The spirit of Mohammed Bouazizi is alive in today’s Tunisia. Youth torch tires and protest in commemoration of the street vendor’s death that sparked the country’s revolution—and the Arab Spring—in December 2010. Young people with nothing to lose remain dauntless. Every year, thousands gamble with their lives: Seeking to escape marginalization in Tunisia, they board boats—often dangerously overcrowded and under-resourced—crossing the Mediterranean.
The trip, a search for greener pastures to the north, is known as the harqa. Harqa is an exit strategy of those experiencing intense marginalization at home. They seek out alienation in foreign countries; it may be less painful than socio-economic and political exclusion at home. The government in Tunis, meanwhile, has failed to address the deeper problems of exacerbating inequalities underlying the harqa.
Migration to the north
Many harqa youth participated in the 2011 revolution. Excluded from public life, deprived of the state’s distributive attention and capacity, many have since broken with all forms of civic and political engagement. Even today, a university education proves not to be a stepping-stone to employment, financial security, or the ability to start a family. Independence did not bring salvation to Tunisians; neither has the revolution. These youth face the wrath of the high seas, risking renewed rejection where they disembark. Some make the failed harqa journey more than once. “Successful” migrant youth brave new troubles in Europe: police, surveillance, Schengen regulations, and more.
There are hierarchies even in escaping misery. Such is the chain of migration northward, its postcolonial bitterness made immemorial in Tayyeb al-Salih’s classic “Season of Migration to the North.” Migrants from sub-Saharan Africa travel north to Tunisia, as Tunisians migrate farther north, to Italy. Tunisia’s national unemployment rate exceeds 15 percent—and it is double that in some southern regions. Yet paradoxically, it faces a pressing shortage of agricultural workers. The country has come to rely on thousands of the estimated 60,000 migrants from sub-Saharan Africa. They work for lower pay in demanding, seasonal jobs, awaiting their turn for the precarious journey to Europe.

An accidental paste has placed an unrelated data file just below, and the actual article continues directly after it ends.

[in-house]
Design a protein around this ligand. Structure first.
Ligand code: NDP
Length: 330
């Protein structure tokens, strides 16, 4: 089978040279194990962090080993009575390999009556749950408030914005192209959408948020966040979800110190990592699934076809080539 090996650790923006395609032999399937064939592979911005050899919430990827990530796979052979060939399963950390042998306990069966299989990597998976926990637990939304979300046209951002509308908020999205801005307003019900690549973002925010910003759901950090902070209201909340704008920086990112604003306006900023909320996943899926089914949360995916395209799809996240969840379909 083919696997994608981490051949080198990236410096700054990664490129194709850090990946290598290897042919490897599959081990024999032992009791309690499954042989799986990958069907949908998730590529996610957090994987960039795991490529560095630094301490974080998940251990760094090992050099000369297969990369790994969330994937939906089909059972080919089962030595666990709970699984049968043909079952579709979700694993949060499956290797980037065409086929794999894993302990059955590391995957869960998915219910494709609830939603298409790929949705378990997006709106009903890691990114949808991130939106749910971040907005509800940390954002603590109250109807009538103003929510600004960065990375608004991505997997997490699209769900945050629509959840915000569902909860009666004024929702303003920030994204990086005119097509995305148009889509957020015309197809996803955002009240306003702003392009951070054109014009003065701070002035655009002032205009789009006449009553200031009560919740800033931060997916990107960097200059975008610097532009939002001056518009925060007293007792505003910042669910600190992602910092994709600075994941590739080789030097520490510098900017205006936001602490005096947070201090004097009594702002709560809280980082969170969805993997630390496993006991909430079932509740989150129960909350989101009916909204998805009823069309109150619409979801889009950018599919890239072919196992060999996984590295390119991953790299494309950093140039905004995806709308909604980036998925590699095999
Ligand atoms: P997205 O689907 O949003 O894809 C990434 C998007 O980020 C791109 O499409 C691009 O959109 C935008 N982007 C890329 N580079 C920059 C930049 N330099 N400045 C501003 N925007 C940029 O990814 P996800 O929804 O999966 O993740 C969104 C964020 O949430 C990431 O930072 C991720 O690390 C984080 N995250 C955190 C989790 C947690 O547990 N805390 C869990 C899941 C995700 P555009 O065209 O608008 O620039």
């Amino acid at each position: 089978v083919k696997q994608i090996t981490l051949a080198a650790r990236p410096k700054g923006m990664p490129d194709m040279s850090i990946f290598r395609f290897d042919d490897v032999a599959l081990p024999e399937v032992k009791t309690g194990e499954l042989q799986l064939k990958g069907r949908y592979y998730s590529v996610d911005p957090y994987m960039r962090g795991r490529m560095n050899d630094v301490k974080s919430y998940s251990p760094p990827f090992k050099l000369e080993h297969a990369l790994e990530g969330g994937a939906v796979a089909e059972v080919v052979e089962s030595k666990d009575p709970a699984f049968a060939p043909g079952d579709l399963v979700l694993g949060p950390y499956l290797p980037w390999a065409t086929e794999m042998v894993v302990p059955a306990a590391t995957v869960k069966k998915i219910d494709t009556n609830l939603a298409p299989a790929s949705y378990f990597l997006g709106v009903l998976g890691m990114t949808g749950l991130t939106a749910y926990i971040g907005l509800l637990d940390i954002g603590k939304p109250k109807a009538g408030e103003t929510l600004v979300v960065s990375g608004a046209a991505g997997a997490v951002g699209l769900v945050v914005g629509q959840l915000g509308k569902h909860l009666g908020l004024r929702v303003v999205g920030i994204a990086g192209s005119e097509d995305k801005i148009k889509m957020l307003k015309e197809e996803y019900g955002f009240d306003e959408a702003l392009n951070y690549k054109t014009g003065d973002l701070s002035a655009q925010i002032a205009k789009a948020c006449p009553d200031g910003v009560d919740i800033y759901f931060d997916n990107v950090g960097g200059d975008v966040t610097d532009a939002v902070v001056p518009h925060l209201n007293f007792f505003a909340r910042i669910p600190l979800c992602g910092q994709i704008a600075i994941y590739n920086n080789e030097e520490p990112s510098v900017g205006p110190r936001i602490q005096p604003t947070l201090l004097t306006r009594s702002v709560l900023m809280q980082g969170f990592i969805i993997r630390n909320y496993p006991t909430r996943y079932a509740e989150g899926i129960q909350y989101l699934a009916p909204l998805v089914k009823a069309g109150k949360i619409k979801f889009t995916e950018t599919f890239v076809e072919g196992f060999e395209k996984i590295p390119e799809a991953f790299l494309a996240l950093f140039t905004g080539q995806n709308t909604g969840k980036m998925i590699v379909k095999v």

The numbers are staggering. By the end of August 2018, an estimated 3,811 undocumented migrants reached Italy, according to the Tunisian Forum for Economic and Social Rights. Tunisian authorities stopped 6,369 Tunisians from leaving the country illegally in 2018, almost twice as many as the year before. Still, about 1,600 Tunisians perished at sea, after 1,721 died in 2017.
The response from Tunis
And as youth are clandestinely migrating in yachts, there is suspicion that some powerholders may be behind the harqa. The haves of Tunisia aid the fleeing of the have-nots. On the Kerkennah Islands this past June, close to 100 migrants drowned as an overcrowded boat capsized. But the sacking of the interior minister and a perfunctory government investigation has failed to put to bed questions about security officials’ involvement in the human trafficking business.
Government overtures, including boasts of stopping migration attempts, do not put out the fire driving the harqa youth in the first place. In the words of 20 year-old Marwan, who made the precarious harqa journey only to be deported by Italian officials: “I wished for the plane to crash and for me to drown, rather than arriving anew at the unknown [in Tunisia].”
This phenomenon prompts difficult questions. Can the Tunisian state not respond to the aspirations of the revolution, the demands of those who revolted against the regime of Zine El Abidine Ben Ali?
Led by the on-again, off-again leadership of Beji Caid Essebsi and Rached Ghannouchi, Tunisia today is not a country geared towards the forward-looking aspirations of its youth. When the state is incapable of containing such a tragic and treacherous phenomenon, it becomes part of the problem.
In addressing migration, Tunisian politicians emphasize the policies of European receiving nations, rightly decrying forced deportations. Yet, officials evade the responsibilities of a government “for the people.” The problem is not just a matter of “closing the gap” between Northern and Southern countries, as Tunisia’s minister of social affairs recently stated. Tunisia-side, it is more fundamentally about resource and opportunity distribution, as well as local and regional development.
Officials—from former President Moncef Marzouki to today’s Essebsi—repeatedly break their promises to meet with families of the missing. Undeterred, families have formed advocacy groups. They camp out in front of government buildings, doggedly pursuing answers.